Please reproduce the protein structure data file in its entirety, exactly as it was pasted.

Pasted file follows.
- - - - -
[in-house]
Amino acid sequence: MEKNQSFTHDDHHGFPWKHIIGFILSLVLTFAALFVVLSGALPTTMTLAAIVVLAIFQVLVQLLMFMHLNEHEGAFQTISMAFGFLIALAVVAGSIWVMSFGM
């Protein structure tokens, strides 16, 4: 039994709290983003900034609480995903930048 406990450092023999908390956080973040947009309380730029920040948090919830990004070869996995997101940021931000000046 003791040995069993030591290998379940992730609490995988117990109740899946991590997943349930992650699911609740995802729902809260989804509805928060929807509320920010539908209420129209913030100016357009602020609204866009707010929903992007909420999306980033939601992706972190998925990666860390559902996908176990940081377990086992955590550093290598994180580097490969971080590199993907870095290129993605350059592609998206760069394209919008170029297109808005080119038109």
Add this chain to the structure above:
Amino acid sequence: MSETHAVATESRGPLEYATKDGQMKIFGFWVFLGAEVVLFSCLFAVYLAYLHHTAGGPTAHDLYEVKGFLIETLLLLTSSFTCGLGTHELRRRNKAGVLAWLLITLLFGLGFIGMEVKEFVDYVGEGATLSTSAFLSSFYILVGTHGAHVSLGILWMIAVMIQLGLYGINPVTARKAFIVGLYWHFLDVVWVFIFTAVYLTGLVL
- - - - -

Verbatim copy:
[in-house]
Amino acid sequence: MEKNQSFTHDDHHGFPWKHIIGFILSLVLTFAALFVVLSGALPTTMTLAAIVVLAIFQVLVQLLMFMHLNEHEGAFQTISMAFGFLIALAVVAGSIWVMSFGM
């Protein structure tokens, strides 16, 4: 039994709290983003900034609480995903930048 406990450092023999908390956080973040947009309380730029920040948090919830990004070869996995997101940021931000000046 003791040995069993030591290998379940992730609490995988117990109740899946991590997943349930992650699911609740995802729902809260989804509805928060929807509320920010539908209420129209913030100016357009602020609204866009707010929903992007909420999306980033939601992706972190998925990666860390559902996908176990940081377990086992955590550093290598994180580097490969971080590199993907870095290129993605350059592609998206760069394209919008170029297109808005080119038109």
Add this chain to the structure above:
Amino acid sequence: MSETHAVATESRGPLEYATKDGQMKIFGFWVFLGAEVVLFSCLFAVYLAYLHHTAGGPTAHDLYEVKGFLIETLLLLTSSFTCGLGTHELRRRNKAGVLAWLLITLLFGLGFIGMEVKEFVDYVGEGATLSTSAFLSSFYILVGTHGAHVSLGILWMIAVMIQLGLYGINPVTARKAFIVGLYWHFLDVVWVFIFTAVYLTGLVL